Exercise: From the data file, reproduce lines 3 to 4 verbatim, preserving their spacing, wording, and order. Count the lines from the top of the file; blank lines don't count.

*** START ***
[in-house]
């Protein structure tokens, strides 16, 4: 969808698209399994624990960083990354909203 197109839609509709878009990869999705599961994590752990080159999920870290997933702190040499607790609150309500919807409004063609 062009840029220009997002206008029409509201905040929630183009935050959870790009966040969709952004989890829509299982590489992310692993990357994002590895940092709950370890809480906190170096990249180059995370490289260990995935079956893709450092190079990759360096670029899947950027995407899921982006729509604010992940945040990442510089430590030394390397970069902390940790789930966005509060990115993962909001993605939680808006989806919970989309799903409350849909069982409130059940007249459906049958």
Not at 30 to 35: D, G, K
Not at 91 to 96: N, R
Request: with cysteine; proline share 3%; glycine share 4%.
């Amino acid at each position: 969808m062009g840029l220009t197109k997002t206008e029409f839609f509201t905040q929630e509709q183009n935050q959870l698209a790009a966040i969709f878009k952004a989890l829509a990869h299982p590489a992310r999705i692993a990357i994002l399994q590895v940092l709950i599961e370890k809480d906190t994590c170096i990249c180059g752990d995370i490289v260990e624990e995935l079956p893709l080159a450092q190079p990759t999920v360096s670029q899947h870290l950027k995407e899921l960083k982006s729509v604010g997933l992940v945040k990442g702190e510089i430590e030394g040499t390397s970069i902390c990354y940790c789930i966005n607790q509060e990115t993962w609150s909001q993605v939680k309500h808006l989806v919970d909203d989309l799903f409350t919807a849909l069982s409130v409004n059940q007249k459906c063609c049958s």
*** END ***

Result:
Not at 30 to 35: D, G, K
Not at 91 to 96: N, R